After A ‘Call For Help’ On Social Media Came Out Of Connecticut, The Sheet Metal, Air, Rail And Transportation Workers Joined With Their Union Contractors ‘To Fill The Need,’ Including Right Here In Western New York
Buffalo’s SMART Local 71, Its Leadership, Members & Two Area Contractors Have Produced & Donated More Than 40,000 Metal Nose Strips For Masks Worn By First Responders That Are Being Made By Volunteer Groups Across The Country
(BUFFALO, NEW YORK) – The call for help first came out of Connecticut and it mobilized Locals and Members of the International Association of Sheet Metal, Air, Rail and Transportation Workers (SMART) across the United States, who joined together with a host of Union Contractors to make and donate millions of metal nose strips that are being used for First Responder masks that are being made by volunteer groups across the country.
Here in Western New York, SMART Local 71, its Leadership and Members got together with two Union Contractors - making more than 40,000 of the aluminum nose strips.
“Local 71 and its partners ‘are doing all we can to help out during this unnerving time’ of COVID-19. Our Local, our Members and contractor partners ‘signed on’ to the ‘SMART Nation Wide Million Mask Challenge,’” SMART Local 71 Business Manager Paul Crist tells WNYLaborToday.com. “By doing this ‘we’re helping to support thousands’ of people who’ve volunteered to make face masks - which are being donated to people ‘from all walks of life:’ First Responders, Hospital Workers, Construction Workers ‘and everyday people who need a mask’. As you know, ‘it’s been a problem getting masks and materials to make them’. One part is the metal nose strip ‘and we know metal so (the overall effort) was a natural fit and we’re are more than up to the challenge.’”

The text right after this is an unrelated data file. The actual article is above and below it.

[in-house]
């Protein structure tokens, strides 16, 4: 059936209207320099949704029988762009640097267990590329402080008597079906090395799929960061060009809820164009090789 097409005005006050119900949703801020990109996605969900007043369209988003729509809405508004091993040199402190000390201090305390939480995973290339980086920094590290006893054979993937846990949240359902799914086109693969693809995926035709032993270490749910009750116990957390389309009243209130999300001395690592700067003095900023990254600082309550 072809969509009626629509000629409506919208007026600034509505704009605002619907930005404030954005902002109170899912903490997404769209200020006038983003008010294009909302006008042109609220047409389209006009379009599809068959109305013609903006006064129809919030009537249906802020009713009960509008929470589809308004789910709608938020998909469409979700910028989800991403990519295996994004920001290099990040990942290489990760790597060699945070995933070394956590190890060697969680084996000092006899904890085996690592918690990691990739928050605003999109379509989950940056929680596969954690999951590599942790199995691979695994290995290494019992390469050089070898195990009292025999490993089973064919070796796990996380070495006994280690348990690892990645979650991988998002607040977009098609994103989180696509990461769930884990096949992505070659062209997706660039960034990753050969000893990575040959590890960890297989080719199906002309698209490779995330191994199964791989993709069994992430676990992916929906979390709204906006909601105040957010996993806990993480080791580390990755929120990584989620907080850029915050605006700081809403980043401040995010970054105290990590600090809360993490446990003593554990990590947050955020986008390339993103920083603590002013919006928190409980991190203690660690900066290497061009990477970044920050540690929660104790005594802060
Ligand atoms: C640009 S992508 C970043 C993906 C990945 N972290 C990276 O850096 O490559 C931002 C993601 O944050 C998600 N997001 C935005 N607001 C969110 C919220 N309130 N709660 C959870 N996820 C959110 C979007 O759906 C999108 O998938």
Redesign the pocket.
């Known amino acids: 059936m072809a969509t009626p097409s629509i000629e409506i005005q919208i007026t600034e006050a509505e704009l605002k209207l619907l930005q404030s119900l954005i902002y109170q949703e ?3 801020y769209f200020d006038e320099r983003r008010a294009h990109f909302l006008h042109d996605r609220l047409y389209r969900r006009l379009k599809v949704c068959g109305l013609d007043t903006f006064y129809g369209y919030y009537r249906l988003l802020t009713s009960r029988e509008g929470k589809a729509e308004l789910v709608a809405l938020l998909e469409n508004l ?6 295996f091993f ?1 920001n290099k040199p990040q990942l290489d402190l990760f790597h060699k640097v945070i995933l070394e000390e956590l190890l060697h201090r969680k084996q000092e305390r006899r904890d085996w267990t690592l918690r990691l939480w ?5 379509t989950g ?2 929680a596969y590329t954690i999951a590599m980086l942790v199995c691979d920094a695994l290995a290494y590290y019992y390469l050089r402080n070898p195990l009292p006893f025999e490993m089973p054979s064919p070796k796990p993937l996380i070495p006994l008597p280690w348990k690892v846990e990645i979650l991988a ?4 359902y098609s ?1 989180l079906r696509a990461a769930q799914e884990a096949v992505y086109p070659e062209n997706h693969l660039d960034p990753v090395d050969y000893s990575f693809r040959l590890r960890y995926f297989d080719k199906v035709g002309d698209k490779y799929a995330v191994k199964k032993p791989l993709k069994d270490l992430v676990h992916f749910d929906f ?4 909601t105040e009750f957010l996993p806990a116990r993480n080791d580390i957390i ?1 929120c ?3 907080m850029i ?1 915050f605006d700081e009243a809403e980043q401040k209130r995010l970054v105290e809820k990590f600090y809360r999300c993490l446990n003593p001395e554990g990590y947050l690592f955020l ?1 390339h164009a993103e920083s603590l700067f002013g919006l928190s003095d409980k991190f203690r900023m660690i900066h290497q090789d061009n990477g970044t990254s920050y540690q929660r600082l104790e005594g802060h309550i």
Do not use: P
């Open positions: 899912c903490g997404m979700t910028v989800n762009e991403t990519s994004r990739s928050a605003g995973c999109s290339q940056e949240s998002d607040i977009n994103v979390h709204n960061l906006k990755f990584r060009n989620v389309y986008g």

According to a SMART news release, in late March, the Hillery Company, a custom metal fabrication shop located in Groton, Connecticut began posting messages on its Facebook page announcing the company would donate the nose strips to anyone looking to make masks.
“Hillery was asked by a local Nurse to make the aluminum strips used on (N95) masks so they could sew them in the cotton masks being made by volunteers around the country,” said Hillery Employee and SMART Local 40 Member Joe de la Cruz in a message posted to the company’s Facebook page on April 6th. “I posted a picture showing a small box of strips on March 24th and it (went) viral.”
When Crist first saw the Facebook posting, he sent out an e-mail and representatives at both the John W. Danforth Company Plant in Tonawanda and at the Snappy ADP, LLC Plant in Medina (Orleans County) “jumped in right away.”
“We were initially looking at (3,000) to start, but we pumped out another (5,000 to 6,000). Now we’ve made more than (40,000) of them,” said Crist, noting that as many as 12 SMART Local 71 Members were involved in the making of the nose strips, which are three inches in length and a quarter-of-an-inch wide.
The thin and flexible strips are critical to custom-fitting the top of a mask to a user’s face, making them more effective, less likely to slip off and more comfortable to wear.